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Energy bills: Call to end ‘Punch and Judy politics’

Sir Roger Carr said the decision to increase prices is not taken lightly because it enrages customers and damages relationships. Picture: Getty

Sir Roger Carr said the decision to increase prices is not taken lightly because it enrages customers and damages relationships. Picture: Getty

  • by TRISTAN STEWART-ROBERTSON
 

THE outgoing chairman of Scottish Gas parent firm Centrica has called for an end to the “Punch and Judy” debate over rising energy bills amid public and political anger at the “big six” providers.

Sir Roger Carr defended the industry and said investor confidence was being damaged by “political rhetoric”, inflaming “consumer passion”.

He dismissed charges against the energy providers of profiteering and Labour Party proposals of price caps.

Sir Roger praised the government’s “pragmatic” deal with the big six firms to give consumers a £50 reduction in bills by changing green levies.

Scottish Gas said it would reduce bill rises by an average of 3.2 per cent on 1 January following Chancellor George Osb-orne’s announcement, which comes after it hit nearly eight million customers with a 9.2 per cent average increase.

Sir Roger said the decision to hike prices is not made lightly. In an article published in a Sunday newspaper yesterday, he wrote: “No energy company wants to increase bills – it enrages customers, undermines loyalty and damages relationships. All energy companies support reduced consumption to decrease bills, through better home insulation and intelligent metering.

“Politicians from all parties have tried to win public support by suggesting measures to address escalating energy bills. Some propositions have had immediate populist appeal, but have been without economic logic.

“Capping prices when costs are driven by world markets, or imposing windfall taxes on profits, which range from modest margins to large losses, risk undermining our financial fabric. They have short-term voter attraction, but lay a pathway to long-term under-investment and supply decay.

“By contrast, the agreement reached with the government last week was both pragmatic and sensible – facilitating a reduction in bills by delaying some environmental costs over a longer period and redistributing others more equitably through general taxation.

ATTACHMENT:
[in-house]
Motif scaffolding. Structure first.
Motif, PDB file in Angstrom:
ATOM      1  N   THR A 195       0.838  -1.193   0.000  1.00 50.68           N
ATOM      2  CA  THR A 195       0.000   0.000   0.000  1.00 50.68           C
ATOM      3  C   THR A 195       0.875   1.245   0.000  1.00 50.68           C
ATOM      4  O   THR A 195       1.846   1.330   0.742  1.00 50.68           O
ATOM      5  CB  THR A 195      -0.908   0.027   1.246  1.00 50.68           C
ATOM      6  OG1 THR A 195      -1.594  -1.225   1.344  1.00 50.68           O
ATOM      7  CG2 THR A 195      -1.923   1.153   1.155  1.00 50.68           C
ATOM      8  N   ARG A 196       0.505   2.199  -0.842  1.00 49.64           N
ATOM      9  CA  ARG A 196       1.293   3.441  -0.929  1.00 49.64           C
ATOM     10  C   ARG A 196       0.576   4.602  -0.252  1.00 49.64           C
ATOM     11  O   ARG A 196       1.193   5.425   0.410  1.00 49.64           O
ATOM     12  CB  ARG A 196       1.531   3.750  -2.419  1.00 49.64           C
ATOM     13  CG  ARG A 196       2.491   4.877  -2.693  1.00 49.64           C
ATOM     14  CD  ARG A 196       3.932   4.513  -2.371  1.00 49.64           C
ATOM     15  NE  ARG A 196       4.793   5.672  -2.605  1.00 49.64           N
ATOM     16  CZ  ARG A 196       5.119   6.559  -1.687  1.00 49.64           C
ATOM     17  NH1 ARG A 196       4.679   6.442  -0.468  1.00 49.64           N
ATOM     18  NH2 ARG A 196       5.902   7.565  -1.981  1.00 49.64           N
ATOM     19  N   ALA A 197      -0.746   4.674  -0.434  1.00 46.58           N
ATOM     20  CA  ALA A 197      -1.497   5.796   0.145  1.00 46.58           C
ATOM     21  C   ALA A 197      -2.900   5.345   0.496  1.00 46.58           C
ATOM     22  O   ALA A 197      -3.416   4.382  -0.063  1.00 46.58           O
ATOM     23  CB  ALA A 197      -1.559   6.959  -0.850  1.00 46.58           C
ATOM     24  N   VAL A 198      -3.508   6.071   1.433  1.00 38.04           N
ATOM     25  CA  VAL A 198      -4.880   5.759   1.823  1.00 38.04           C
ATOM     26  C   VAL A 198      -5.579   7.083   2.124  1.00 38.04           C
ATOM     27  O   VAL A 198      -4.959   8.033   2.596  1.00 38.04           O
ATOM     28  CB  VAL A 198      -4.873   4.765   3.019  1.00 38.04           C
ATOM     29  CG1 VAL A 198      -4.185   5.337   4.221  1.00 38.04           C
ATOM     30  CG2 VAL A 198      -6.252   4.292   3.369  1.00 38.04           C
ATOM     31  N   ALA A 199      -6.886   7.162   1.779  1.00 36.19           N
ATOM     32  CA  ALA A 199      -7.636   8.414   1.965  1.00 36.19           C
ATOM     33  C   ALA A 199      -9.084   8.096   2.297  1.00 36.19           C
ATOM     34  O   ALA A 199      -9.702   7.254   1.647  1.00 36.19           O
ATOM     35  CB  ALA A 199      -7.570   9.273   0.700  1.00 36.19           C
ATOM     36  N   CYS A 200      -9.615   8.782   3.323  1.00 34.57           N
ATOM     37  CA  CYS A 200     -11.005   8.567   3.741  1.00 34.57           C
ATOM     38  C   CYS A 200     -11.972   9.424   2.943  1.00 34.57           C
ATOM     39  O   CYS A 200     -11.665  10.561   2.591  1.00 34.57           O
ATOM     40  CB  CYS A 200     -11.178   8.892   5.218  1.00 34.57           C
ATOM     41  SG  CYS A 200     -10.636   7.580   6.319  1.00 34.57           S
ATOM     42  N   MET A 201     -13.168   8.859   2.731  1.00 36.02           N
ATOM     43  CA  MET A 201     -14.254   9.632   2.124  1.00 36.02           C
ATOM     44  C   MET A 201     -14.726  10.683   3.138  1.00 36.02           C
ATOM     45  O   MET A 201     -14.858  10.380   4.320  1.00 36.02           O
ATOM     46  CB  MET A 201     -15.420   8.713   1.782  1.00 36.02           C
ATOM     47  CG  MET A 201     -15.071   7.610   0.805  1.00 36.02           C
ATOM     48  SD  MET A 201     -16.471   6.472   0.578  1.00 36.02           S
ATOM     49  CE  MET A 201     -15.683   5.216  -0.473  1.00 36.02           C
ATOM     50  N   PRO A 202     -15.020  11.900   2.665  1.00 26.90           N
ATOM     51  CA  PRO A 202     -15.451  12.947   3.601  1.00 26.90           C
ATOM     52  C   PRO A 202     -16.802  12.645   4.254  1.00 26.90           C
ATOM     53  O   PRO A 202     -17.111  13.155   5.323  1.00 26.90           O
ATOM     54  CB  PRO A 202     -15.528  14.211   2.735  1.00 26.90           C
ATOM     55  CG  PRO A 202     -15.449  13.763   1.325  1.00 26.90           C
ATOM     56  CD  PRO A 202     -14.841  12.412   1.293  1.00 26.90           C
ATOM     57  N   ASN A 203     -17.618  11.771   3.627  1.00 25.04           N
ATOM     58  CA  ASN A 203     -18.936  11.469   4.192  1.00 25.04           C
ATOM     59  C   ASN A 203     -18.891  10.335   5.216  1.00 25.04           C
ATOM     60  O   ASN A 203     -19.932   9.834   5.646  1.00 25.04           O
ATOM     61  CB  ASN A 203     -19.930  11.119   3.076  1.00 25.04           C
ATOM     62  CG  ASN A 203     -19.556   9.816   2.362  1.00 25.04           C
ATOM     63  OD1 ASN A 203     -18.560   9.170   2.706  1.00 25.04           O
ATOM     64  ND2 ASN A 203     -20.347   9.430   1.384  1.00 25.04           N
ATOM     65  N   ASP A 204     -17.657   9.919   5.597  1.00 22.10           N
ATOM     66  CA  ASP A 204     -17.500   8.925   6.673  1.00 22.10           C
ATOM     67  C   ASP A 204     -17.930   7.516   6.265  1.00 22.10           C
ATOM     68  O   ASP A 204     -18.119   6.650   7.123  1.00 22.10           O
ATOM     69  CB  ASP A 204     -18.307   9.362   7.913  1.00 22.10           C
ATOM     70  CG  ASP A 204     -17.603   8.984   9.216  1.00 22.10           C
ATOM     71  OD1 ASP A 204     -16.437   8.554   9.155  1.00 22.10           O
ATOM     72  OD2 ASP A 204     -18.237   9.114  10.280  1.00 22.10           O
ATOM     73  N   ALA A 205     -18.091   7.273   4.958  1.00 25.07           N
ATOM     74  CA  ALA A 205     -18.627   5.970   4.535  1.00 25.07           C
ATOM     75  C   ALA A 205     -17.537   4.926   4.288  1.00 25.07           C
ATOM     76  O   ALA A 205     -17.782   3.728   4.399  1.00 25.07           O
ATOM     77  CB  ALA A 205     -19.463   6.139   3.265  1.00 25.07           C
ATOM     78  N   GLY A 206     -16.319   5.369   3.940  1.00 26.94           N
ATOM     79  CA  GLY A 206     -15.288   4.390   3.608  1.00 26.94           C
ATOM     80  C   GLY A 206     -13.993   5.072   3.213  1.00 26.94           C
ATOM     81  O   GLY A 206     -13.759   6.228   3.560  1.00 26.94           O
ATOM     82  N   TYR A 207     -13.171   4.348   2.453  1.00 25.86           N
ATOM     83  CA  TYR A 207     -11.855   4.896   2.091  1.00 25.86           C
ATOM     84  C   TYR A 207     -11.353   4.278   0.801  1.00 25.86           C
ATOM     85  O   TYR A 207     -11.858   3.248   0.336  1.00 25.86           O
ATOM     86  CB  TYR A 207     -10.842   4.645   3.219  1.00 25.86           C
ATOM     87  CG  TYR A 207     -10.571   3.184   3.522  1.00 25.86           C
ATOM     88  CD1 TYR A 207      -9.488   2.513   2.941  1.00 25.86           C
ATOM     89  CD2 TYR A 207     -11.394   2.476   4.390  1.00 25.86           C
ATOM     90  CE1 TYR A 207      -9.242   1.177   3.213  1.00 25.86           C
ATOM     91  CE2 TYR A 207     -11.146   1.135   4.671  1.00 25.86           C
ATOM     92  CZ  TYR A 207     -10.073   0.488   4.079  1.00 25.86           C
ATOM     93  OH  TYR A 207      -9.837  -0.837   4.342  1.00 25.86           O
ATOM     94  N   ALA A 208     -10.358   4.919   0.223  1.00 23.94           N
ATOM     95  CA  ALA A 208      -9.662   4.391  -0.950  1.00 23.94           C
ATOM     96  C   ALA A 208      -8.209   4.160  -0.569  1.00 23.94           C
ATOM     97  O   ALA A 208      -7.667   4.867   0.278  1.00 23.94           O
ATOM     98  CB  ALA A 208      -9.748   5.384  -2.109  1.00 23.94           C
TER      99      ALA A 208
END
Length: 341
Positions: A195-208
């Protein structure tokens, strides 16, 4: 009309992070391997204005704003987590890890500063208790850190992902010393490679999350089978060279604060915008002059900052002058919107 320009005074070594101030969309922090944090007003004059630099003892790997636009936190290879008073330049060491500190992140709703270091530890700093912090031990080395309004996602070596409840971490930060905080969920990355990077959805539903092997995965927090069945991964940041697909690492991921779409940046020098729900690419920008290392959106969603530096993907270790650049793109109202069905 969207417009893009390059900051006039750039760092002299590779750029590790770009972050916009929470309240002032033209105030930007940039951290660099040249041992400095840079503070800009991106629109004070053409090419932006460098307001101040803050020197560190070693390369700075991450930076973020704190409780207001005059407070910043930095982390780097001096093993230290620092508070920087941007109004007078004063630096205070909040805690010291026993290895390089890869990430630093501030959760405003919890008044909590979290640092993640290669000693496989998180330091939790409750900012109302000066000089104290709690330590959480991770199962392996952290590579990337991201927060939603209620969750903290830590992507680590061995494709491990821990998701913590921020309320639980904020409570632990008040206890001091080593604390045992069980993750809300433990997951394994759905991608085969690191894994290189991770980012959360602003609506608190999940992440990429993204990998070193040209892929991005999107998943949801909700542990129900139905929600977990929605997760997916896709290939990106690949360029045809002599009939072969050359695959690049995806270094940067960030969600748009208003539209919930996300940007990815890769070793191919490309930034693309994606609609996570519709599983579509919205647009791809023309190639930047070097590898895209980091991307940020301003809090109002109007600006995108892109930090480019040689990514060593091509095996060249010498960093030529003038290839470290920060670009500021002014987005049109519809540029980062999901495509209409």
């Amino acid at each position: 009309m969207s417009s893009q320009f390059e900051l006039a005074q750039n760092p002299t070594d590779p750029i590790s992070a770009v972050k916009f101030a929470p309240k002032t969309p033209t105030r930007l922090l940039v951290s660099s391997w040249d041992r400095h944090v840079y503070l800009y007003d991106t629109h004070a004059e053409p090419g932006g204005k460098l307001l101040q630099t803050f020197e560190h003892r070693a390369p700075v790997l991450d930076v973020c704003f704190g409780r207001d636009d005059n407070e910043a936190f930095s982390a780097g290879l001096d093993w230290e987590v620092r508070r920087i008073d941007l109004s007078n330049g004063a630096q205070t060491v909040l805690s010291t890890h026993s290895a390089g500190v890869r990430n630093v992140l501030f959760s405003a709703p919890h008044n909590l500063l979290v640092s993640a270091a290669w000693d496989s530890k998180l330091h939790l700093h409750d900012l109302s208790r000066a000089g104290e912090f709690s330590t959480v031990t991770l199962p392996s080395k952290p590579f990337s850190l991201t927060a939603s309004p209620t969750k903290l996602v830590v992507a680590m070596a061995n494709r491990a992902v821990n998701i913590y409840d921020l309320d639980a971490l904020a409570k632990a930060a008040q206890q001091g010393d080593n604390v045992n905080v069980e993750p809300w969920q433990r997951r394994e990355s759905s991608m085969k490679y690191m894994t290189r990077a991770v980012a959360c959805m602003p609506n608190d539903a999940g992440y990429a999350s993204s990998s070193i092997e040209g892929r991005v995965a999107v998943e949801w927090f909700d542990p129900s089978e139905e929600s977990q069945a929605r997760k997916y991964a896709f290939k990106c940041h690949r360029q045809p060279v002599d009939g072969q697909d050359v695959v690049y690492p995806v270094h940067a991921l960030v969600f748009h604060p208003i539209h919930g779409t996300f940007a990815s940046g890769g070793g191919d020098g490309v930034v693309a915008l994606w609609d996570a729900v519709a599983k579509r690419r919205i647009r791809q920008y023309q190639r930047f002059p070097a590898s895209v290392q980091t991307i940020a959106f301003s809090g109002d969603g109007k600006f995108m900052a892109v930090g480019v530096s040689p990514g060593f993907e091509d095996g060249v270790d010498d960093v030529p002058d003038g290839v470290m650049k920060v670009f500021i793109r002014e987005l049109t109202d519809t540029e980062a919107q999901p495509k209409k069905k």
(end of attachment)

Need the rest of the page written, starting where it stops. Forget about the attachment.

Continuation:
“These measures reflect the value of calm discussion over adversarial exchange. They support the consumer, respect the environment, continue to help the vulnerable and are fair to the industry.” He added: “The Punch and Judy politics on energy must stop.”

E.on last week became the last of the major providers to raise prices, upping tariffs by an average of 3.7 per cent from 18 January, the most modest of hikes in recent months. It said it had scaled back a potentially higher price rise after the government’s change to green levies on energy bills.

Sir Roger, who is taking over as chairman of BAE Systems in the new year, wrote: “Political rhetoric [has] inflamed consumer passion, fed suspicion, discouraged investment and damaged investor confidence.

“All energy companies have been accused of profiteering, collaborating with competitors, manipulating costs to disguise profits, and caring little for their customers. These charges are false.”

Centrica warned last month that it would fail to meet the City’s expectations for annual profits after being affected by challenging conditions in its business supply arm across the UK and United States.

But it admitted profit margins in its British Gas residential business would largely hold firm, edging only slightly lower to just under 5 per cent.

The consumer group Which? said: “After the inflation-busting price hikes we’ve seen, it’s no wonder trust in the energy industry is at rock bottom and people are consistently worried about energy prices.

“Consumers want to see government action to tackle future energy prices, including wider reforms of the wholesale market to make it truly competitive and keep prices in check.”

 

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